My heart is full. I am so proud to be a Braves fan. We’ll never see a run like that ever again in baseball. No way. What those Braves gave me as a fan I will never be able to repay. Beyond the wins and the pennants, the Braves became intertwined in the daily conversation with my dad and my brother, and for that, I’ll be forever grateful. Will be even better is when Smoltz and Chipper join them in a couple years. Anybody want to bet that either of them won’t be first ballot Hall of Fame guys?
In honor of the record cold temperatures in Atlanta, let’s talk about comfort food. By comfort food, I mean the screw-the-diet, calories-don’t-count, good-tasting, stick-to-your-ribs food. Hot food. Food that makes you forget about the cold weather outside. Food that makes you want to take a nap.
Atlanta has a great food scene, and I promise that we take full advantage. What we don’t have a lot of is miserably cold weather. To help get me through, these are the five comfort food dishes that get me through:
PB&J Burger from West Egg Cafe (Westside) - West Egg is well known for it’s brunch, which is great (if you can stand the wait). The rest of their menu doesn’t get as much coverage, including their PB&J burger. The P stands for pimento cheese, the B stands for bacon, and the J stand for tomato jam (I always skip that). So basically we’re working with a double burger with bacon and pimento cheese. Tell me how that can be bad.
Open-faced Brisket Sandwich from Leon’s Full Service (Decatur) – This hunk of goodness is a solid meal that features pulled short rib on top of two pieces of Texas toast. Smothered with black peppercorn gravy and fried onions, this one will keep me driving over to Decatur. Extra credit: Leon’s has such a cool bar, I rarely bring this one back to the house.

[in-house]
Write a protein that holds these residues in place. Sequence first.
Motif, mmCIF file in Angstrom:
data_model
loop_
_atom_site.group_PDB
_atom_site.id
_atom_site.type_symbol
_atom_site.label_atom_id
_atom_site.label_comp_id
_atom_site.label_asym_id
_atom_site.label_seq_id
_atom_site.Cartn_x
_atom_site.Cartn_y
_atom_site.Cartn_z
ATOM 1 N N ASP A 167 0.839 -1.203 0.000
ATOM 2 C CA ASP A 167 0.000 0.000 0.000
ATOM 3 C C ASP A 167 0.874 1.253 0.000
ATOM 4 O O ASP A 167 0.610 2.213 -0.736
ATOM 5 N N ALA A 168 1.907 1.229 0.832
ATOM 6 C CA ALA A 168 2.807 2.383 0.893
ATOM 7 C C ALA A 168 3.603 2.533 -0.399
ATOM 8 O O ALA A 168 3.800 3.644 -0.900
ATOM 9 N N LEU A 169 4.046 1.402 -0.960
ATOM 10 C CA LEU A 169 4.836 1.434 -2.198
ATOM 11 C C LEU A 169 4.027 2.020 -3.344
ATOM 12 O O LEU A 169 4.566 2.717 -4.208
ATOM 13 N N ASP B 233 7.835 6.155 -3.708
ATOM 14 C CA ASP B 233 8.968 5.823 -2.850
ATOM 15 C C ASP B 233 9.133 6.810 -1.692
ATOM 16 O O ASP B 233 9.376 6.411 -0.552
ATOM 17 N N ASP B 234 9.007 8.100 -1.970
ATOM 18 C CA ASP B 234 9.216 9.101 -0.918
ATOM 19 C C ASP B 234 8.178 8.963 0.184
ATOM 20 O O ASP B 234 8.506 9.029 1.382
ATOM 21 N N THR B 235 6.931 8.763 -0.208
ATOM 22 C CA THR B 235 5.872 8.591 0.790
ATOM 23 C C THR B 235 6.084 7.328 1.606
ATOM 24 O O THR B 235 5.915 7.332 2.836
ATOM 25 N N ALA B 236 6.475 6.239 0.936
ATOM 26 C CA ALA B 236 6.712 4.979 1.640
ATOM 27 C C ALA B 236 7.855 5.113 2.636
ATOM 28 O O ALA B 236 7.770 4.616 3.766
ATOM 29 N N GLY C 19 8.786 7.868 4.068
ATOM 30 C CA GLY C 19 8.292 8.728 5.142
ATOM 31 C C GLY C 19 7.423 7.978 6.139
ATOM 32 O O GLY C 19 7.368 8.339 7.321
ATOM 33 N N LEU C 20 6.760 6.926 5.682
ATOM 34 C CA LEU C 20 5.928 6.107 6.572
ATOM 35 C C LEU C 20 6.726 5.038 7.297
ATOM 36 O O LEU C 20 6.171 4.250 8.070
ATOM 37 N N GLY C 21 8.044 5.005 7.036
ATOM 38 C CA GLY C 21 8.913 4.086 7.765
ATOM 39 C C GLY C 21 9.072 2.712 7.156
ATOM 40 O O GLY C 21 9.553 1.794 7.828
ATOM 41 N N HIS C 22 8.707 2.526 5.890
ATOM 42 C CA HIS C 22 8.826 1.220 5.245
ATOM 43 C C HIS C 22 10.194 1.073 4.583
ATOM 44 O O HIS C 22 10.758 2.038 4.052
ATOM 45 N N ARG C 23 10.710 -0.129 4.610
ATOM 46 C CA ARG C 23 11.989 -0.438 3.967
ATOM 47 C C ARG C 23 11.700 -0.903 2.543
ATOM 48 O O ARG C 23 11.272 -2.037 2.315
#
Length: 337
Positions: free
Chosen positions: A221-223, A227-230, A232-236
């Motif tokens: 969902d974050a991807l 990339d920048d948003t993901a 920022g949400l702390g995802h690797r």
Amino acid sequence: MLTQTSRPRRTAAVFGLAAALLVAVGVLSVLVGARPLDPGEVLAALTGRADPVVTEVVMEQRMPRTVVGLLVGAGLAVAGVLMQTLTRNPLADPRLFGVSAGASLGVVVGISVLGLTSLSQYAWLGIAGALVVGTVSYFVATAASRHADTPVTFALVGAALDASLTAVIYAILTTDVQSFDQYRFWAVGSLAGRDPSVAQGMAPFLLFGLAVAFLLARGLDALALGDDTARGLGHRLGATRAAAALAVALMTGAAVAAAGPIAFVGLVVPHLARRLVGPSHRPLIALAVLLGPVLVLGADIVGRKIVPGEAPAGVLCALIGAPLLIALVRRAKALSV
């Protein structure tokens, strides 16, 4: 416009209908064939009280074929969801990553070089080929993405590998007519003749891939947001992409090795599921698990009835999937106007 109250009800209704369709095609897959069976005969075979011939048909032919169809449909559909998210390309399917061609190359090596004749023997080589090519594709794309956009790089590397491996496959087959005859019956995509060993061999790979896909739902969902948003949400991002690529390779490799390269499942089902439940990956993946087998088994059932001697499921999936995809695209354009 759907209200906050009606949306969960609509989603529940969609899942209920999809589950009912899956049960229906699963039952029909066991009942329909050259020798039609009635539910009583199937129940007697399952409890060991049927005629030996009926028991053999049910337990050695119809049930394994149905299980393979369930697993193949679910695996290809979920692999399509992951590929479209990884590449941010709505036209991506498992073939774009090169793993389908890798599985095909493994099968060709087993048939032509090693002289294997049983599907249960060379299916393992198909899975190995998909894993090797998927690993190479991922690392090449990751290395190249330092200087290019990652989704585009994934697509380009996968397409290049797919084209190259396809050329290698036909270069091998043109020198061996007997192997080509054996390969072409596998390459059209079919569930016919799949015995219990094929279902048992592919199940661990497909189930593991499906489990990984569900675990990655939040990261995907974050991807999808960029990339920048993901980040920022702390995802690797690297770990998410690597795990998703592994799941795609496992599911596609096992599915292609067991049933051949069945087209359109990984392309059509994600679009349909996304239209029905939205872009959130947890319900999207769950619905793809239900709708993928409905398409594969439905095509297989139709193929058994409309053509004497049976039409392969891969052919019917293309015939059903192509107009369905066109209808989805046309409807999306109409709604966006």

Buffalo Chicken Pizza from Rocky Mountain Pizza (Georgia Tech) – The first time we ordered this, it was served ‘hot’. By ‘hot’, it was a tongue-burning sweat-fest because of the extremely spicy buffalo sauce. While that’s not my speed, I now order it mild, which is more bearable. This isn’t your normal pizza; it’s very hearty with tons of chicken, onions, and cheese. After about three pieces I’m ready to plant on the couch.
Smoked Wings from Moe’s Original BBQ (Home Park) – Hands down, the best wings in Atlanta. They are smoked, not fried, and will knock your socks off. A platter is perfect: ten wings, cornbread, and two sides. I like the skillet corn and the brunswick stew. They serve the wings with white BBQ sauce for dipping…just what the doctor ordered.
Katsu Don from Sushi Yoko (Chamblee) – A little off the beaten path, but well worth the effort. Sushi Yoko is a little jewel off Peachtree Indstrial just north of the perimeter that serves outstanding and affordable sushi. They also feature a full menu, including Katsu Don, which is a bowl of rice topped with deep fried pork cutlets, an egg, and sauce. The combination is outstanding. And ‘katsu’ means ‘to be victorious’. Perfect.
Images: Google Image Search
So tomorrow night is the big BCS National Championship between the Auburn Tigers and the Florida State Seminoles. All things considered, this should be an awesome game…
Auburn may be the luckiest team in the land this year, with wins over Georgia and Alabama in some of the most dramatic football plays EVER. Auburn has TONS of talent, especially at quarterback, and should really send the UGA Police Department a hand-written ‘thank you’ note for their exemplary work in laptop thefts…
Florida State’s team reminds us of the old Charlie Ward teams of the early 90′s, with a defense that runs like an olympic 400M relay team, and a QB that can throw the ball a quarter-mile.
So the college football landscape descends on Pasadena, CA on Monday…and our good friends from State Traditions will be there in full force. Now, let’s have a little fun – for all of you lucky enough to make it out for the game, see if you can find the State Traditions tailgate tent. They’ll be tailgating all day long.
If you can find the tent, get a picture with John and/or Maury and Instagram or Tweet the picture with #StateTraditionsBCS. Let’s add a little juice – we’ll pick a winner at random for a $200 State Traditions gift certificate. Yeah, serious business.